Is Russia’s Current Account Deficit in June Temporary?
Russia’s current account in 2Q17
Russia’s (ERUS) current account recorded a $0.3 billion gap in 2Q17 as compared to a $23.3 billion surplus in the previous quarter and a $2 billion surplus in the same period the previous year. The current account gap in June 2017 mainly resulted from an increased services deficit as compared to a trade surplus in the same period. Let’s look at the current account balance in Russia over the last year in the below chart.
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Current account deficit in 2Q17
Russia (RSX) has reported a current account deficit in 2Q17 since the third quarter of 2013. The services deficit rose to $7.1 billion in 2Q17 from the $6 billion gap in 2Q16. Meanwhile, the trade surplus widened to $24.8 billion in 2Q17 from $22.3 billion in 2Q16, mainly due to higher oil and gas revenues. The deficit in investment income increased to $16 billion in 2Q17 from $12.8 billion in 2Q16.
Surplus in current account balance in 1H17
The current account balance gives insight into the economic health of a country. Russia’s current account surplus in the first half of 2017 increased to $23 billion as compared to $14.9 billion in the same period the previous year. According to the Bank of Russia, the trade balance improved in the first half of 2017 mainly due to favorable prices for the country’s primary export commodities. The improved commodity (DBO) prices also influenced the growing deficit balances on trade in services and income for Russia (EEM) in 2017.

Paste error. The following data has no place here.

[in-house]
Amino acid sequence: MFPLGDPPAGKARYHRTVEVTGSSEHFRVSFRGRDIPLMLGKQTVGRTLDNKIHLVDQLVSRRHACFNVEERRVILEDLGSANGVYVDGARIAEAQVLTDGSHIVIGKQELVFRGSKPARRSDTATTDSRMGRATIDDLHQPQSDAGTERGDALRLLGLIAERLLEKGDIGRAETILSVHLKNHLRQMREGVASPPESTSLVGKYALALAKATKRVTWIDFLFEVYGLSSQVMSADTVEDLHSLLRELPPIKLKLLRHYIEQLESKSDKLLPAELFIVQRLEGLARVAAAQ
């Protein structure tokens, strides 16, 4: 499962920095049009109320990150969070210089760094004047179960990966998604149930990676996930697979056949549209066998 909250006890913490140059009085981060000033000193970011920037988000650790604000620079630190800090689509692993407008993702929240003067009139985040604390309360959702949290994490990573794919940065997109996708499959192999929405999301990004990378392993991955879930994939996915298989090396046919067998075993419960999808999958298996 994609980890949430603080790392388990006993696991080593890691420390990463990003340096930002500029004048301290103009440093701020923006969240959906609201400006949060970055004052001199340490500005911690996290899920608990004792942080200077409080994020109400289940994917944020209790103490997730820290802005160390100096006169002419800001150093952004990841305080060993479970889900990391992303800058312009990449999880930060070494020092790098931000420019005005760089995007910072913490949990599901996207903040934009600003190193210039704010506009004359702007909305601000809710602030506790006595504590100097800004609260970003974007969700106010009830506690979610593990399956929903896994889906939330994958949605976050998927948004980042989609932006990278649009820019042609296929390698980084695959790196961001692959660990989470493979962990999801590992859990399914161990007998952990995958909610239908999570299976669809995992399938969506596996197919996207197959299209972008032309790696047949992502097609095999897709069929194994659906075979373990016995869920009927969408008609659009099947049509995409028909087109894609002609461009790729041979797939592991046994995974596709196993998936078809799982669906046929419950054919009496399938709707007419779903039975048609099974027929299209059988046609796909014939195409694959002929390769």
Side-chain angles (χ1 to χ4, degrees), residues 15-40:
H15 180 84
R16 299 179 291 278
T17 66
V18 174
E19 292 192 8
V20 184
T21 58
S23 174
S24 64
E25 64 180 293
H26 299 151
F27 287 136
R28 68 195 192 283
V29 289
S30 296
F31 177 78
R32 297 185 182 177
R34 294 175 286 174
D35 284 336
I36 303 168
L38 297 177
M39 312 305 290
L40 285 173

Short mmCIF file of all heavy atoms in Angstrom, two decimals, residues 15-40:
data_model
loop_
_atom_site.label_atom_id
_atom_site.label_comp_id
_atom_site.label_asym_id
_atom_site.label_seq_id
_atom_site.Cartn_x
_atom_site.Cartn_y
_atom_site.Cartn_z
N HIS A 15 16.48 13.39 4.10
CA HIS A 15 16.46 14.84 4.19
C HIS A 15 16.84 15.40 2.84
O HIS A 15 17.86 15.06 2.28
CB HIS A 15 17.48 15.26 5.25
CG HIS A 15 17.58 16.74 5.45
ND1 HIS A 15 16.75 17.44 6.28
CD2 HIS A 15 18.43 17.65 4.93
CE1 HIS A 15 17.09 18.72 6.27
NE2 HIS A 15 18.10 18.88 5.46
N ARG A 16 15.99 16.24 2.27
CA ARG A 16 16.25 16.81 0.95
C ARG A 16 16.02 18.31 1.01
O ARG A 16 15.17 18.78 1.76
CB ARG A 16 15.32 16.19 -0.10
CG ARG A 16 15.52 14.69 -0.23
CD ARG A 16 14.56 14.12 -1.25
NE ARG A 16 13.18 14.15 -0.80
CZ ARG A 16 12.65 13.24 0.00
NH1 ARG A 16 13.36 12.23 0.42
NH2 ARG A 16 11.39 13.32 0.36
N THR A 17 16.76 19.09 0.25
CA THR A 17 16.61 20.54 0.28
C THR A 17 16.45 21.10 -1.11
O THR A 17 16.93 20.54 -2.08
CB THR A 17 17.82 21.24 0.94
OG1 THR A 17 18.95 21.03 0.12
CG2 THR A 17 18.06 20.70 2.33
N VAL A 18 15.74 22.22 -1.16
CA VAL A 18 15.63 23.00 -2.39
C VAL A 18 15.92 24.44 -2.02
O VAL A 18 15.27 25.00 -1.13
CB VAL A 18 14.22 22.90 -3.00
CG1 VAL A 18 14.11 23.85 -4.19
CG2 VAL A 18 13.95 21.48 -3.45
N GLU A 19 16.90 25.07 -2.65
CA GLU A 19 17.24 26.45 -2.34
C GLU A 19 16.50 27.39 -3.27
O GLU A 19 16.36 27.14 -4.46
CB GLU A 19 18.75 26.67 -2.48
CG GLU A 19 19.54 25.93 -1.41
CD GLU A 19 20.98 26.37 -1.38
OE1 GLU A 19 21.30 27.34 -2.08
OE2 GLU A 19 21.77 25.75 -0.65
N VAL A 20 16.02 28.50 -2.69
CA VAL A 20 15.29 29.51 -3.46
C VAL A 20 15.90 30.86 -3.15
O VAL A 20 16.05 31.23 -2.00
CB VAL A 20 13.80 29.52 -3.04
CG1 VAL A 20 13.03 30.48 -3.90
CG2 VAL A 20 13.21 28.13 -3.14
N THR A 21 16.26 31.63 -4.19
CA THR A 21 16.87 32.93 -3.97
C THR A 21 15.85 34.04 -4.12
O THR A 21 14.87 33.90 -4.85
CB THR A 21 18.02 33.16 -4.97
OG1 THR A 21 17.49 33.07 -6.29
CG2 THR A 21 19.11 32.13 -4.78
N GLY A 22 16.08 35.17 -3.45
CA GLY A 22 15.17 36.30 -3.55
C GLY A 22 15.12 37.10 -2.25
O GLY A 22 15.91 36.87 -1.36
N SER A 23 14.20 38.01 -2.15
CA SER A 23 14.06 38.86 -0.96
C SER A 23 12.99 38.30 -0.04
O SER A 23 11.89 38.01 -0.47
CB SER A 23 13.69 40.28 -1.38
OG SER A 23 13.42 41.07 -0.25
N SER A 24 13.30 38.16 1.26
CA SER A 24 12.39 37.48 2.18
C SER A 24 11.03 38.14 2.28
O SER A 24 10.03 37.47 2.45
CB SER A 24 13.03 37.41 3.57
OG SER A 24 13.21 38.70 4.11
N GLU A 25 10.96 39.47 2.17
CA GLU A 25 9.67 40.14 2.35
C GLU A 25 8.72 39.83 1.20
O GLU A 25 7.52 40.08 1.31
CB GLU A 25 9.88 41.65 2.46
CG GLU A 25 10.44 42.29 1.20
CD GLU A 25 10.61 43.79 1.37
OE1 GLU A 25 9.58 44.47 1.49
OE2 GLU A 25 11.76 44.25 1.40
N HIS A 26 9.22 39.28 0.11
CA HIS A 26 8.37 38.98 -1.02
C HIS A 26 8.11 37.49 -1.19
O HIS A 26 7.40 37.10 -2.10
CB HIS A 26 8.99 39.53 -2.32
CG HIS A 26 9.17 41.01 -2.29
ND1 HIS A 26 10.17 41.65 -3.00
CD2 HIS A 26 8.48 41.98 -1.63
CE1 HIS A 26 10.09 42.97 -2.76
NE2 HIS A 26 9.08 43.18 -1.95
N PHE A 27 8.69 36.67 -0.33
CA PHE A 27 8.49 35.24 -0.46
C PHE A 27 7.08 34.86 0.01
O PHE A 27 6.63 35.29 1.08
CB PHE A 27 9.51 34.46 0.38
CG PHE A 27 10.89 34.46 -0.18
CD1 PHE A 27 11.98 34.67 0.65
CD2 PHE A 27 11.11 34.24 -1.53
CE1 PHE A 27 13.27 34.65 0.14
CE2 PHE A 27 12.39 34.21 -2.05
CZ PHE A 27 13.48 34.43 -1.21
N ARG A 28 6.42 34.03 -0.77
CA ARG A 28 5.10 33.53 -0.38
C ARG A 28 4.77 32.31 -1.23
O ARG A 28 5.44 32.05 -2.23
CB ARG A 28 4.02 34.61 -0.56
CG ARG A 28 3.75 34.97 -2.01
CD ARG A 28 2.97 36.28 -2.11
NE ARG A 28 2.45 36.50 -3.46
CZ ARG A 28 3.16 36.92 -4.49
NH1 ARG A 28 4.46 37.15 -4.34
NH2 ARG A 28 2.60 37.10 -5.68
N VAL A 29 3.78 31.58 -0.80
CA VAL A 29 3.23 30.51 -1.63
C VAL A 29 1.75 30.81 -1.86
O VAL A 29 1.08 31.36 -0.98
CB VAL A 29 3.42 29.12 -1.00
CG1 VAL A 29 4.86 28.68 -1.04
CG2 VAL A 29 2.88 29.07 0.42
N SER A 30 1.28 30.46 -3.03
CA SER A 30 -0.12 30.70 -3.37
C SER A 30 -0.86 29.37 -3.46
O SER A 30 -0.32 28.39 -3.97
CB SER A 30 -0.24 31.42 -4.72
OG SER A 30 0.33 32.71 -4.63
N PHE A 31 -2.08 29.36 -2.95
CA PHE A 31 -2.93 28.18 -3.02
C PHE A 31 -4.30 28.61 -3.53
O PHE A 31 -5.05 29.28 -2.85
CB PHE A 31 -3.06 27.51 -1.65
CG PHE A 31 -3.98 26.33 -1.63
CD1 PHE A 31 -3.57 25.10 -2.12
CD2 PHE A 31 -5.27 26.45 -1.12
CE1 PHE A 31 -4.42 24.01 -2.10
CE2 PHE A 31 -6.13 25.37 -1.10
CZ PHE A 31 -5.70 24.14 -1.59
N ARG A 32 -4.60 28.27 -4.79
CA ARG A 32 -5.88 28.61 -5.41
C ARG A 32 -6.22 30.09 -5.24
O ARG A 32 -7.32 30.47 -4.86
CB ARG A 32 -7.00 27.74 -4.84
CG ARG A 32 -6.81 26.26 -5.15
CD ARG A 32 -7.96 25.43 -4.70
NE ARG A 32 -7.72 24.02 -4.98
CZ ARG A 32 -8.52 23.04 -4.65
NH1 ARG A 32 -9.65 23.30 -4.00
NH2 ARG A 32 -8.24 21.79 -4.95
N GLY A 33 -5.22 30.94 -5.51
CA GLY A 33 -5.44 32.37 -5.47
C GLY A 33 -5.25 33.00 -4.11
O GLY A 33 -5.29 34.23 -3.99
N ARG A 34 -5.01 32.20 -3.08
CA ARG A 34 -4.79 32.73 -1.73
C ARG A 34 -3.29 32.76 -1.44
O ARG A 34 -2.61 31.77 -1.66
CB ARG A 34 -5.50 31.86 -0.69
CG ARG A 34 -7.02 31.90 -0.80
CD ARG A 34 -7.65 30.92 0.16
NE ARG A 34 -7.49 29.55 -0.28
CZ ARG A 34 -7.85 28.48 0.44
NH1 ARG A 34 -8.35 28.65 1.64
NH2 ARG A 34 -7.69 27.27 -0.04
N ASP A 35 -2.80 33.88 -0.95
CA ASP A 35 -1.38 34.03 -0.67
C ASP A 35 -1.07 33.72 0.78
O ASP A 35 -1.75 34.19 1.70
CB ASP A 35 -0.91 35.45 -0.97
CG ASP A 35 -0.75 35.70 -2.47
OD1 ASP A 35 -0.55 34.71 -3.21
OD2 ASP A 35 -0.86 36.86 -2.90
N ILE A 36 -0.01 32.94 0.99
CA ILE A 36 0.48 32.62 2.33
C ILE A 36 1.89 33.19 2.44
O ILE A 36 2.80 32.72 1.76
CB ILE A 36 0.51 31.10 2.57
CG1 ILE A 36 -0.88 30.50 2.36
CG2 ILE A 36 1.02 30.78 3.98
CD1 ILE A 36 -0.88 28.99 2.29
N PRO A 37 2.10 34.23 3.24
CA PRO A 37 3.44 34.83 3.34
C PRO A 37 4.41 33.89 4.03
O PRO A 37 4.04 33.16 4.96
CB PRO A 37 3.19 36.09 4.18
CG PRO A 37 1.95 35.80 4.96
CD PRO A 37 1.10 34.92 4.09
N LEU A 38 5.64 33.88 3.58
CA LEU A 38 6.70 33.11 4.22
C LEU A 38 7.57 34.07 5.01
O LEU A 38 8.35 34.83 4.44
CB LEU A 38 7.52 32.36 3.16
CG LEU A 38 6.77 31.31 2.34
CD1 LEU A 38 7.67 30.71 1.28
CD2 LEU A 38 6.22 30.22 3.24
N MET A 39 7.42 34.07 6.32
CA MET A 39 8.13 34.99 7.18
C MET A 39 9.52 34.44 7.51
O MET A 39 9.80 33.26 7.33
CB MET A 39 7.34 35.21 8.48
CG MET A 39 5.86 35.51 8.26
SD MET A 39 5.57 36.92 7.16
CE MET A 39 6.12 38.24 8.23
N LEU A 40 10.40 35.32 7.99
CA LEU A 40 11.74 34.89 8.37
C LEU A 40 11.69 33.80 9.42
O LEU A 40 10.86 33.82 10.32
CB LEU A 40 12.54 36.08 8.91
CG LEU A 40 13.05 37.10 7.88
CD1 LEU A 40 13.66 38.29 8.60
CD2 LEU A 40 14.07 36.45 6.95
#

The net private capital outflows amounted to $14.7 billion as compared to $8.6 billion in the same period the previous year. The increased capital outflow in 2017 was mainly due to the higher net private capital outflows, mostly in the banking sector’s transactions related to resident client accounts at the beginning of 2017. The active repayment of external debt liabilities by banks also increased the capital outflow in 1H17. However, other sectors experienced increased inflow of foreign capital amid improved economic recovery.
The increasing current account surplus of Russia (RUSL) provides a cushion for the Russian economy in the current uncertain times due to the economic sanctions by the US (SPY) and Europe (VGK) resulting from the geopolitical tension around the Crimean region.
The recovery of commodity prices since last year has led to the increased current account balance for the first half of 2017. However, lately, the commodity prices are on a decline in 2017, which might affect the current account surplus in the next quarters in 2017.
Let’s look at the performance of the Russian ruble in our next article.